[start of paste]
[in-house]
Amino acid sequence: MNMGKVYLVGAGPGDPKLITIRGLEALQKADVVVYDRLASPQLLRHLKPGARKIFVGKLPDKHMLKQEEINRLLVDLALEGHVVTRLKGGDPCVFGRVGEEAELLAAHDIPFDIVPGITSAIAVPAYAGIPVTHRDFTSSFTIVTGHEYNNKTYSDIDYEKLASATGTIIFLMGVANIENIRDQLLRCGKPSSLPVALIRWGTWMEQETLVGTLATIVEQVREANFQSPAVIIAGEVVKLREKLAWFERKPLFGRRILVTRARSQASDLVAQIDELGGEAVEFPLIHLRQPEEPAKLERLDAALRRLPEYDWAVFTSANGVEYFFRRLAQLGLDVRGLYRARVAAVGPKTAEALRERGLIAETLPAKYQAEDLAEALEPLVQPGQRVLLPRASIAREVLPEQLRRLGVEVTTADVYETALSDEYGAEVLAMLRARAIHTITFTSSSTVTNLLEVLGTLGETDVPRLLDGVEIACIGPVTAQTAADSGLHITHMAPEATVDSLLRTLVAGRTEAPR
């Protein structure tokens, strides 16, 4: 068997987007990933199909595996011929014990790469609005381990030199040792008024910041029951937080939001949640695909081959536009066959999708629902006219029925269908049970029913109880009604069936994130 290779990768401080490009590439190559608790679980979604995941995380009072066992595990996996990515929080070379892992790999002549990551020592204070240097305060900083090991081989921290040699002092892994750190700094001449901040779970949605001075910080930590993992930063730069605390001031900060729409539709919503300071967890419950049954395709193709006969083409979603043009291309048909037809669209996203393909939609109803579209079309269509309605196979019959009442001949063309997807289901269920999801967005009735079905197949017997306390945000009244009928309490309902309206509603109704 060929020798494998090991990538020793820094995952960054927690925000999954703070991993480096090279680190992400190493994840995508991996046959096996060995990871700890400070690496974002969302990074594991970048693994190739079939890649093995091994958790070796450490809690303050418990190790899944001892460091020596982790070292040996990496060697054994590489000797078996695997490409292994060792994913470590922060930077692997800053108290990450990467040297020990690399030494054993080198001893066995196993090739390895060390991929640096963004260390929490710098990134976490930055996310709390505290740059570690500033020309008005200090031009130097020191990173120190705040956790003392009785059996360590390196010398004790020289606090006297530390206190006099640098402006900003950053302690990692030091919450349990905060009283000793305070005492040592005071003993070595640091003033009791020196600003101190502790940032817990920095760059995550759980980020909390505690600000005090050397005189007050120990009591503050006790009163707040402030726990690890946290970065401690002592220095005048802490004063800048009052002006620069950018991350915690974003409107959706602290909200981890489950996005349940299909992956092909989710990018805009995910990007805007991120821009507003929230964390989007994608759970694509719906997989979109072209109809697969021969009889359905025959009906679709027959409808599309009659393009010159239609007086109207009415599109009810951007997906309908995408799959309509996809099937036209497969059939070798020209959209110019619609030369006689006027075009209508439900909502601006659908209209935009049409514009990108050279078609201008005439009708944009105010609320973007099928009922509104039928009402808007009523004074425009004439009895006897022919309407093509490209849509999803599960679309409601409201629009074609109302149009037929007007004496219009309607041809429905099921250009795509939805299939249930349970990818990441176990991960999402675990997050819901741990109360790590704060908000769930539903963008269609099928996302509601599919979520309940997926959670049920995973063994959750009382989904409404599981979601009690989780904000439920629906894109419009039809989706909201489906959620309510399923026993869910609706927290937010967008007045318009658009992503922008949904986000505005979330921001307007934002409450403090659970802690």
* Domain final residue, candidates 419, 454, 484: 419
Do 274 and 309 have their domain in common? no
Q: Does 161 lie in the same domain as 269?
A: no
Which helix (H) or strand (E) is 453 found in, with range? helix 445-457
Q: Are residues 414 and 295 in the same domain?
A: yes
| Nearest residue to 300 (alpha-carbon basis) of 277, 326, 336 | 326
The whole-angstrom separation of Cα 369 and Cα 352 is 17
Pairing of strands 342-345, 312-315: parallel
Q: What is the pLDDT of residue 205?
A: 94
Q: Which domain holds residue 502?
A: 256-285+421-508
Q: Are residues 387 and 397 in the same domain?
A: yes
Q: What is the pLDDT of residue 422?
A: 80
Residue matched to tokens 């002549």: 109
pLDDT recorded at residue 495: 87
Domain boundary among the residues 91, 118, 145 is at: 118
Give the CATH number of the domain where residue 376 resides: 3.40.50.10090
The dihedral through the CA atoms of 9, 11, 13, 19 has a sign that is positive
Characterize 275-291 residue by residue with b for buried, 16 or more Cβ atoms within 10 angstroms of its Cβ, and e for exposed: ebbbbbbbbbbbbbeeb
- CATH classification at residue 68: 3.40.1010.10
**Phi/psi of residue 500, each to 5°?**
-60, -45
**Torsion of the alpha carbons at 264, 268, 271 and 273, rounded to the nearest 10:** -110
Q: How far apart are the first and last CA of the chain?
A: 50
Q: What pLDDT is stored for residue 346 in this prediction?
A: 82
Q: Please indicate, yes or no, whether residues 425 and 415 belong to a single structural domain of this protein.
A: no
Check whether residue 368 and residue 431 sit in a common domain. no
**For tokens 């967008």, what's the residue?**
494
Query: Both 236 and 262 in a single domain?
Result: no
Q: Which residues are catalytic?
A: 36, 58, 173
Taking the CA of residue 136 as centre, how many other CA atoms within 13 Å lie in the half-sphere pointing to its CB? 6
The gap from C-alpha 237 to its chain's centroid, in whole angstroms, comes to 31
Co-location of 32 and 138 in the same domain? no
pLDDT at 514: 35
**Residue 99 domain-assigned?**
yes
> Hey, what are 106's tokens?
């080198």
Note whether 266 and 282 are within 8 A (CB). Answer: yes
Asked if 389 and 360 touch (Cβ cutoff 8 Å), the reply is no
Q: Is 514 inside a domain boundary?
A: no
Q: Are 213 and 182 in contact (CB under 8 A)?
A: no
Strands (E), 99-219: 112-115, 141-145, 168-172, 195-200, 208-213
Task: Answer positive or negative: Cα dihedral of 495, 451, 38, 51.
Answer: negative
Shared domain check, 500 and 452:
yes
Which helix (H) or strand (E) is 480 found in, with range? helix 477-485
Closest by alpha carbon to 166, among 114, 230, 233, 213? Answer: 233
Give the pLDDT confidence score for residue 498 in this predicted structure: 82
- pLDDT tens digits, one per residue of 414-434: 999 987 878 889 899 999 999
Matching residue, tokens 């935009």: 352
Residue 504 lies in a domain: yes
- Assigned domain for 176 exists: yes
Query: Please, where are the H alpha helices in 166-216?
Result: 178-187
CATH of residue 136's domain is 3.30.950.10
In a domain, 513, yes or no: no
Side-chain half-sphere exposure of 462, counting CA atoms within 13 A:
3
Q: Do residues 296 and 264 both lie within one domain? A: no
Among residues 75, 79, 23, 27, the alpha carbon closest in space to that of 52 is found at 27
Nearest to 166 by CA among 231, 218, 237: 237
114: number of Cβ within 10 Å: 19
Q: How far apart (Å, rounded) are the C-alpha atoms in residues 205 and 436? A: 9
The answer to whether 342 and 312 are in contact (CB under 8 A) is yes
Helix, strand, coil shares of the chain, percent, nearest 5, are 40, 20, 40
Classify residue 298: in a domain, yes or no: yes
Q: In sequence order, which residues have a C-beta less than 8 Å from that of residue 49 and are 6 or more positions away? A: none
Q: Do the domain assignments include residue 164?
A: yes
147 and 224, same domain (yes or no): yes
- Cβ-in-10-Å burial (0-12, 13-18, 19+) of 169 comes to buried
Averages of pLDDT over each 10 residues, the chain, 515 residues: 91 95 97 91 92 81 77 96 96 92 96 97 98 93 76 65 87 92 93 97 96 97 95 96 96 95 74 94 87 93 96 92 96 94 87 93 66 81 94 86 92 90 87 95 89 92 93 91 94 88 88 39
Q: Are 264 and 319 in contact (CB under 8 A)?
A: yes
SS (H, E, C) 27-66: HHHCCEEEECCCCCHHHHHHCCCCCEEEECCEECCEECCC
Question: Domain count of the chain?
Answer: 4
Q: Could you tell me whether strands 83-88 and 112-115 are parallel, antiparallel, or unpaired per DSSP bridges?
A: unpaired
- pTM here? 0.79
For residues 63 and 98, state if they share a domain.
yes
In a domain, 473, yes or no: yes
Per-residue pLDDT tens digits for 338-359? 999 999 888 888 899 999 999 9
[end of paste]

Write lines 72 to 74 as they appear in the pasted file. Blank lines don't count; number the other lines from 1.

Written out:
Result: 178-187
CATH of residue 136's domain is 3.30.950.10
In a domain, 513, yes or no: no